The 1958 National Child Development Study (NCDS) and Millennium Cohort Study (MCS) samples have been extensively genotyped. Genotyping of the 1970 British Cohort Study (BCS70) is ongoing.
We have collected biological samples from three of our studies: NCDS (blood, saliva), BCS70 (blood) and MCS (saliva, teeth). We welcome applications for further use of these samples.
Find out how to apply for access to CLS genetic data and/or biological samples.
Details of the specific measures and data governance are shown below.
NCDS has collected whole blood and saliva from cohort members. Original samples, aliquots and residues are held at the University of Bristol, who are the custodians of the CLS biological samples.
DNA was extracted from whole blood and there is also a transformed lymphocytes collection. Both of these collections have been extensively genotyped. The transformed lymphocyte collection allows for further DNA extraction, whilst the whole blood derived DNA collection is a finite resource.
We have four main types of genomic data available for research purposes:
NCDS genomic data is available via different routes based on the type of data and if it is required to be linked to NCDS survey data. The various options are outlined below:
1) For access to Genome Wide (GW) genotyping data only (i.e. not linked to any other NCDS data), please apply directly to the European Genome-phenome Archive (EGA). The GW data release approval is managed by the Wellcome Trust Sanger Data Access Committee (Sanger DAC), at email@example.com.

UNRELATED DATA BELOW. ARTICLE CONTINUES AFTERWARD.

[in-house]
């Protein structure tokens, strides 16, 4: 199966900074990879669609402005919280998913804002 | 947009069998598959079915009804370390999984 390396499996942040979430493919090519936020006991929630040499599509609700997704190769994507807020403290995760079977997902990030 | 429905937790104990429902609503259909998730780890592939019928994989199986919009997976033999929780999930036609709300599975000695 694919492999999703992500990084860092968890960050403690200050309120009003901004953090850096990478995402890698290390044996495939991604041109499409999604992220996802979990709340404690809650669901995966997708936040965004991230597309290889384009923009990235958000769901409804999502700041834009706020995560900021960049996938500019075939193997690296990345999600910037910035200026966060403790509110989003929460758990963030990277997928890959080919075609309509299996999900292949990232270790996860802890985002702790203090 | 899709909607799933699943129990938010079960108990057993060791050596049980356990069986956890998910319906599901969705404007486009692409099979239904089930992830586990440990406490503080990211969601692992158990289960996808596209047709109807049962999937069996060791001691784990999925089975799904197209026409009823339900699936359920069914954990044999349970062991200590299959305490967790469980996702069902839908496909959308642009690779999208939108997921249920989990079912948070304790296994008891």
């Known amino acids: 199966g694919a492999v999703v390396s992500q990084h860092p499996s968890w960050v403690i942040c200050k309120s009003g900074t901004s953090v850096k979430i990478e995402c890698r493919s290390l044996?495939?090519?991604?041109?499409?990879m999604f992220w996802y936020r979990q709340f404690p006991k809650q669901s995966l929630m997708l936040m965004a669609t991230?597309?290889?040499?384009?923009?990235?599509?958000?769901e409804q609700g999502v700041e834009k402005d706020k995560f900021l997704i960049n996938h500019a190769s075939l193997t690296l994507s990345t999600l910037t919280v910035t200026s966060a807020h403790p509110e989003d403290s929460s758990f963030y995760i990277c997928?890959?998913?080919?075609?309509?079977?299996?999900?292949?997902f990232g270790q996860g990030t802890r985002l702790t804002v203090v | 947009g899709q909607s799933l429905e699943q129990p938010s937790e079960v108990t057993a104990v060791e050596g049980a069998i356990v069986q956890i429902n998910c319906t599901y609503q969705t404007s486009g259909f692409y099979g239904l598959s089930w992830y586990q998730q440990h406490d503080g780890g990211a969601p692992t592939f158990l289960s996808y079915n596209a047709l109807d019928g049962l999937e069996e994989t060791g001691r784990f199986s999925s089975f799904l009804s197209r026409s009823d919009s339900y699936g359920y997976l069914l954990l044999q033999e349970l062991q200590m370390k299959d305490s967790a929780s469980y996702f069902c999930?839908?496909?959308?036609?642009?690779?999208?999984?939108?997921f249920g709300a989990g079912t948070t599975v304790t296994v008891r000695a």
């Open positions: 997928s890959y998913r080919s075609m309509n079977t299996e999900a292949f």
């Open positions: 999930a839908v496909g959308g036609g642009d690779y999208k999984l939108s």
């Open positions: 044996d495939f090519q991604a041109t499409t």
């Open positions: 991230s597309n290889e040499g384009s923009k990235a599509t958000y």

2) Access to Genome Wide (GW) genotyping data linked to any other NCDS phenotypic or genomic data can be requested via the CLS Data Access Committee.
3) NCDS biological samples and the rest of the NCDS genomic data (imputed, epigenetics and sequencing) can also be requested via the CLS Data Access Committee.
The 2016-17 Biomedical Survey for BCS70 (Age 46) collected whole blood samples from cohort members. Original samples are held at the University of Bristol.
CLS will commission the genotyping of the DNA. Access to samples and genetic data can requested via the CLS Data Access Committee.
Milk teeth were collected from age 7 (MCS4) onwards and are currently stored at the Institute for Child Health.
In 2015-6, the Age 14 Sweep (MCS6) collected saliva from cohort members and both natural resident parents. DNA was extracted from the saliva samples. Unlike the NCDS transformed lymphocytes collection, this is non-renewable. University of Bristol are the custodians for these biological samples.
The genetic data collection and genetic data generated are described in the CLS working paper, Collection of DNA samples and genetic data at scale in the UK Millennium Cohort Study.
MCS biological samples, data arising from milk teeth, and MCS genetic data can be requested via the CLS Data Access Committee.